I am rescuing Roma children from the Gestapo. They have, I discover, a marvelous gift for silence. We escape to the forest and live off whatever their quick fingers can find: eggs from hidden nests, truffles from the roots of oaks, frogs and arrowroot and wild carrots doing their best to masquerade as water hemlock. They are good at helping each other. Whenever I make a suggestion, they tilt their heads to the side, and on rare occasions when one of them speaks, it’s a single word, phrased like a question, in a language I don’t understand.
A little bit of hunger can sharpen the wits, but too much makes you dull. When dullness threatens to overwhelm us, we launch a night raid against some nearby farms, first drugging the dogs, then slipping in among the sleeping cows, their steamy breath, their hot stink, to liberate a gallon or two of milk from some rubbery teat, while the stealthiest child goes into the shed and eases a chicken from its perch without waking it up.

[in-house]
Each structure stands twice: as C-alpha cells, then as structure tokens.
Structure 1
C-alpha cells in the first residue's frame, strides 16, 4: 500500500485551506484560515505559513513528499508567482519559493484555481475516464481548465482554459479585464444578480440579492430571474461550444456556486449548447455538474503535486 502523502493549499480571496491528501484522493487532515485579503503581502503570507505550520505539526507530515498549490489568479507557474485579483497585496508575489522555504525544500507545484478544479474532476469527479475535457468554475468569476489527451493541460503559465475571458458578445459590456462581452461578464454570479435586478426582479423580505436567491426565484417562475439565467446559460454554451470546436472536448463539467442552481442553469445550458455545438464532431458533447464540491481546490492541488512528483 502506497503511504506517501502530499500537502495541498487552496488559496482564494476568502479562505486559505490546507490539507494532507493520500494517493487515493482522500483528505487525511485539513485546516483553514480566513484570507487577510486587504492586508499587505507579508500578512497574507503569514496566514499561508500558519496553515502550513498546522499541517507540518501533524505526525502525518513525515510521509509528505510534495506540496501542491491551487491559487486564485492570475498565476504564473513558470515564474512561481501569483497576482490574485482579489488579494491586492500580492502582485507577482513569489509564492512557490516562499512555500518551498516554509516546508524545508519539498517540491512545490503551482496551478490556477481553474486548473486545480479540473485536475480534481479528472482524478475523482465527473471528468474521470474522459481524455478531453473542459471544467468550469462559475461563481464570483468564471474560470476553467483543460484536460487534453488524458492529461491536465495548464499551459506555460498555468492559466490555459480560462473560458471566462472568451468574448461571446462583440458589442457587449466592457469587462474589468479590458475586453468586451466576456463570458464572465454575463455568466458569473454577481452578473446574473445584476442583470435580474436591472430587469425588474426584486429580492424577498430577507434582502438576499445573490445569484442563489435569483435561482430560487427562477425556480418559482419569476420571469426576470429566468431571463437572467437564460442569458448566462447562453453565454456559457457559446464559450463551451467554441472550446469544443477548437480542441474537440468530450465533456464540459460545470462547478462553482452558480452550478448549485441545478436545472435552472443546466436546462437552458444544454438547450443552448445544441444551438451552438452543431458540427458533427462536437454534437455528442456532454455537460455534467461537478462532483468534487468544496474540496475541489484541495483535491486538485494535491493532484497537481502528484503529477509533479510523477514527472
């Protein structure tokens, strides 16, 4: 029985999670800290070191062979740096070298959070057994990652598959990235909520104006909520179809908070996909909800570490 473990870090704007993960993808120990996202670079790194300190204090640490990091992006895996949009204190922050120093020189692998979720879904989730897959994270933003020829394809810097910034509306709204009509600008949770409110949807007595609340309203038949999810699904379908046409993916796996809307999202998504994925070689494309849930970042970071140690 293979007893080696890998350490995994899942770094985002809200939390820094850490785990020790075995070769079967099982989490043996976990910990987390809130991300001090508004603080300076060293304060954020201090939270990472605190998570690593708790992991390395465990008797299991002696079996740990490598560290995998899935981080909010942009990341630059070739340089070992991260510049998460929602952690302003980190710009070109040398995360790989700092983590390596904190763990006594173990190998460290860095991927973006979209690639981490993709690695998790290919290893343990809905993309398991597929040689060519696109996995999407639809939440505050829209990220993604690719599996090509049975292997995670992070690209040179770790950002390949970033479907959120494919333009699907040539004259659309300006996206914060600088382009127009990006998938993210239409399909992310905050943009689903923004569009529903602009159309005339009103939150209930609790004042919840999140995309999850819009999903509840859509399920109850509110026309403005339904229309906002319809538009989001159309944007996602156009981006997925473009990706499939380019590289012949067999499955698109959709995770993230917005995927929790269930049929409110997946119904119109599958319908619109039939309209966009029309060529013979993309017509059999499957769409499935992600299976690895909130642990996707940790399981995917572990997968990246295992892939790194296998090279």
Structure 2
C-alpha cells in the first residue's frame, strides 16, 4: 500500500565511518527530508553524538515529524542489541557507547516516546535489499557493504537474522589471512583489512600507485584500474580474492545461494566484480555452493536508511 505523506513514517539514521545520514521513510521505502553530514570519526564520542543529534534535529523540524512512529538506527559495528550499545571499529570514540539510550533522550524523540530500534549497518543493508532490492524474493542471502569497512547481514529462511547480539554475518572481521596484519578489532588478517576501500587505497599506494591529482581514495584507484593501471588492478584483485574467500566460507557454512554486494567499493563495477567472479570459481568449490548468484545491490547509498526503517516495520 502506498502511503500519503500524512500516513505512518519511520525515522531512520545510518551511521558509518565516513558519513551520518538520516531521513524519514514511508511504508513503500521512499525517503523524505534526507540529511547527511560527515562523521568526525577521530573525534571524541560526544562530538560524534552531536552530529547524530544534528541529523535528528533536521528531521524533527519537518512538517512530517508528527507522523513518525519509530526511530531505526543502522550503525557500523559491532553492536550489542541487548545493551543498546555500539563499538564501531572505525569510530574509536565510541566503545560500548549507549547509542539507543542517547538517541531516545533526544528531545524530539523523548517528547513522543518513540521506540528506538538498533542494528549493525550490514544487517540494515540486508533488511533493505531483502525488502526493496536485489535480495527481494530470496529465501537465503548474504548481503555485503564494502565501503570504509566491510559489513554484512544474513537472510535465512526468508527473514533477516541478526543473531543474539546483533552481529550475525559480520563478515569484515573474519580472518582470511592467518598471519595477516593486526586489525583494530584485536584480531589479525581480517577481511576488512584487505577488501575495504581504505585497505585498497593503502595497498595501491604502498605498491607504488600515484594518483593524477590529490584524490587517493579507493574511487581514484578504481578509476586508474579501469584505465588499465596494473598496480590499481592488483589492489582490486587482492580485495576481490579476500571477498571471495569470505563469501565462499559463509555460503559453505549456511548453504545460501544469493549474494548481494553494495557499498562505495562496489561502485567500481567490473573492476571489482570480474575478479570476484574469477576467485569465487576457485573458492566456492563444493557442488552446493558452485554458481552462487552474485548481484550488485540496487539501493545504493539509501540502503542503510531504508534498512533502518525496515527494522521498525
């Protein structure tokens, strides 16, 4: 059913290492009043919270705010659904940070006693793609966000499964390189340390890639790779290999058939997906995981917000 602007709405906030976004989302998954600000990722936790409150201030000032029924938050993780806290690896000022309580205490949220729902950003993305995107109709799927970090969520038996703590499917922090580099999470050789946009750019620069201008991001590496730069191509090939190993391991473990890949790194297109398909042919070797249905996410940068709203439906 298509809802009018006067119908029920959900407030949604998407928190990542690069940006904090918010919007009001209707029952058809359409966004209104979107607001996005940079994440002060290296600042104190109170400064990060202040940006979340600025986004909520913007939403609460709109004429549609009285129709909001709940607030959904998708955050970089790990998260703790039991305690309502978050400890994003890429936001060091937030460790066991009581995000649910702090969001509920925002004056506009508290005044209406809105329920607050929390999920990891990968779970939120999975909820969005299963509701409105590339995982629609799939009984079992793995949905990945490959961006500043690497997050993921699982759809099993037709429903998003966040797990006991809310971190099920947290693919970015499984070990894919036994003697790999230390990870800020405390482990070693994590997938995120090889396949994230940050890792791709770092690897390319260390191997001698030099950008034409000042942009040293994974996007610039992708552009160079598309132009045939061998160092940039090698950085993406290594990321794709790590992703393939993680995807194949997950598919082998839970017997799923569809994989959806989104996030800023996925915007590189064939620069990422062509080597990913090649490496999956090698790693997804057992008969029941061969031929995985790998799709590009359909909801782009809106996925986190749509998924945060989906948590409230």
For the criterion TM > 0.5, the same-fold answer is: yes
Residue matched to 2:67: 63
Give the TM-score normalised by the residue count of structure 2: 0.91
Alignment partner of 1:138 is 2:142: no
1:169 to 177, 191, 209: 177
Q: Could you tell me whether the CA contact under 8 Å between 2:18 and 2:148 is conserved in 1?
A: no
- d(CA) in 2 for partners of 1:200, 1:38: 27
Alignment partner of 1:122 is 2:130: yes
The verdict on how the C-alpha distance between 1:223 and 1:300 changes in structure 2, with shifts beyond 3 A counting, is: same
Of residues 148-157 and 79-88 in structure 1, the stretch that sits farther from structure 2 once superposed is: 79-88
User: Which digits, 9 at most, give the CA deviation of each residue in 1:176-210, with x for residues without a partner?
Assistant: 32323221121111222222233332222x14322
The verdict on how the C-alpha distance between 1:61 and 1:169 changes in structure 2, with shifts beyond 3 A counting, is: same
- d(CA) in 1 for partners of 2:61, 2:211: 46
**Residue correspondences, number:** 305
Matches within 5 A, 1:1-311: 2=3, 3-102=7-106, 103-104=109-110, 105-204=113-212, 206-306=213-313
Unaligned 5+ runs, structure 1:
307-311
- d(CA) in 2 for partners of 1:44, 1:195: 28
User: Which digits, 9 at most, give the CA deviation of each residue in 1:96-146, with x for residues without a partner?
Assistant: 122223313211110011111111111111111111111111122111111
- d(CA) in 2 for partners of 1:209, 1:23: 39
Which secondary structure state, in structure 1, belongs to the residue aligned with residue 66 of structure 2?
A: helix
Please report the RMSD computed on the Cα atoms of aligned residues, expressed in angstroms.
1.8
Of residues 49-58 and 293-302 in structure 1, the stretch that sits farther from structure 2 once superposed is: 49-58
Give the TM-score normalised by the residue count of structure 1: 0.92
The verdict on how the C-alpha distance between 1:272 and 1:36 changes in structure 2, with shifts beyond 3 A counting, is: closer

It’s a tricky business. The pasture is nothing but mud and we struggle to hold on to our prizes as we slip and fall and grow mired. The smaller children flail; the older ones settle exhausted onto their haunches and wait for dawn. The moon comes up and everything is illuminated: this is not mud but oil. These are not children but seabirds robbed of flight. And whatever you call this foaming about our feet, it is not the sea.